ARGYILAN: Being a late mover is an advantage because now all of these capabilities can be built and are built knowing where data privacy is going, knowing what Google is going to be doing with cookies, understanding the impact Apple and all of their privacy policies is having on other media channels being able to measure. It allows us to build for where this is going. A lot of our competitors have to work off what we call the “Frankenstack” because they have a lot of legacy systems that have been in place for the last couple of years, if not even longer than that. We’re coming in with the ability to just build it fresh in a more modern, more nimble sort of way.
The challenge is that, in some instances, we are kind of putting some companies over the tipping edge of being able to take on more capacity, and especially something that’s scaled at this size. You have to consider when you’re working with partners and asking them to take on something at the scale and complexity of Albertsons, to make sure that they really can take it up.
GROCERY DIVE: A lot of grocers, including regional chains, have added retail media capabilities recently. How do you think about the evolving competitive landscape? Can brands meaningfully spend across all of these platforms?
ARGYILAN: I think that the brands are actually pretty excited about each of the retailers having a retail media network because they can see the return on their marketing spend. We are starting to see more dollars get pulled from other places and invested in retail media. There’s more of a call for accountability, and retail media networks are obviously held at a very high standard for accountability. And because we have closed-loop reporting, we can prove that sales are happening as a result of the marketing campaigns that we’re running.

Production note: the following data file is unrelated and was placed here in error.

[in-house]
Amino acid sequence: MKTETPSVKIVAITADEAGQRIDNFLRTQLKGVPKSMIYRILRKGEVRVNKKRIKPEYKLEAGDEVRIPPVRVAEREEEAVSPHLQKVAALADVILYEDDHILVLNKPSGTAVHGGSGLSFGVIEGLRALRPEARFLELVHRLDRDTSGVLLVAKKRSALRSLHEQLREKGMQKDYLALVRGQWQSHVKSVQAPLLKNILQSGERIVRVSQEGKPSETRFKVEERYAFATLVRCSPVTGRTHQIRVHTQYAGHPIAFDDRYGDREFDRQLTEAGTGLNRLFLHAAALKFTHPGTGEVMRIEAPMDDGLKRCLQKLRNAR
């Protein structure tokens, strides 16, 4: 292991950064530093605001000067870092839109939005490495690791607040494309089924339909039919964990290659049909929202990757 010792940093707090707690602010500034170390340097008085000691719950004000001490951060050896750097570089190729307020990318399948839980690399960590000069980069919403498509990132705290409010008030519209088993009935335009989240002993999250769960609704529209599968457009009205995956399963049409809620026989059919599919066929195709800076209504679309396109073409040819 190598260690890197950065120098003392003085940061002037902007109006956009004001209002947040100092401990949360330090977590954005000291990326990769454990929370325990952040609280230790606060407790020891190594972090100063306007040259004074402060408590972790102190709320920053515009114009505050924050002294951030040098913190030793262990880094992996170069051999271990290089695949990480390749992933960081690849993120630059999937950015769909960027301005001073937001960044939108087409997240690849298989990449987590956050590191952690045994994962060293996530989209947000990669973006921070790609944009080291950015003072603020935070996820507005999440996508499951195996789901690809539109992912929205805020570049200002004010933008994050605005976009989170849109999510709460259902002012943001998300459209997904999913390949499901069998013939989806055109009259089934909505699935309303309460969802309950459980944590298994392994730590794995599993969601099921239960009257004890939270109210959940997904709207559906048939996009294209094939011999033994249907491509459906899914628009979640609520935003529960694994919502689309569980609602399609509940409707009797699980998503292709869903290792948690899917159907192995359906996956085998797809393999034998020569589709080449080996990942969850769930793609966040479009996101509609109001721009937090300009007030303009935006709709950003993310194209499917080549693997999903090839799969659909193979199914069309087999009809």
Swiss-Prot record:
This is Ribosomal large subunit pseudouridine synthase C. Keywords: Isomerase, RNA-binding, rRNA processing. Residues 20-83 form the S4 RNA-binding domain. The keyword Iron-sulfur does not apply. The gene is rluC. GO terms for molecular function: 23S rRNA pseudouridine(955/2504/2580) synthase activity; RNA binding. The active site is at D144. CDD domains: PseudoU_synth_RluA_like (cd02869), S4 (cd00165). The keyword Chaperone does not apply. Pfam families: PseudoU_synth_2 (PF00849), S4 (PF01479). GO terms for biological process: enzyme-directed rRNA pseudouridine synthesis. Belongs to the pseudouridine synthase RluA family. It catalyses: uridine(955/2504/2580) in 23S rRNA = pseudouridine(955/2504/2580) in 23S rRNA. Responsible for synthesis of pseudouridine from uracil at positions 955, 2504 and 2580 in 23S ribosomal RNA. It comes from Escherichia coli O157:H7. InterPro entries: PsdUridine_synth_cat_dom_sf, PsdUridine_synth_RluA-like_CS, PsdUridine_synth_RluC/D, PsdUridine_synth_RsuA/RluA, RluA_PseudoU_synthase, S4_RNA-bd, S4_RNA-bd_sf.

Amazon, Google and Facebook control 65% of the total digital marketing spend that is moving through the marketplace. If I can get a couple of percentage points of that, I’m in good shape. The industry marketers are looking for a more diverse partner system where they can spread their money out. And retail media networks, by the very nature of the importance of the broader partnership with CPGs, come to the table in more of the spirit of partnership and relationships so that all parties win.
GROCERY DIVE: You mentioned last year that you see local advertising as a unique opportunity for Albertsons. Can you explain that?
ARGYILAN: Albertsons is made up of 14 local grocers. That’s how the company came up, by serving these local communities. So our ability to be at scale and to execute locally is a really unique place for us to play. None of our competition is really executing that way yet. They’re still looking for the efficiency of being as broad and national as possible. We see brands really wanting to drive brand relevance. And you don’t do that by being the same everywhere. You do that by recognizing the local nuances, the diversity that makes up every community that is within the country, and Albertsons is uniquely positioned to do.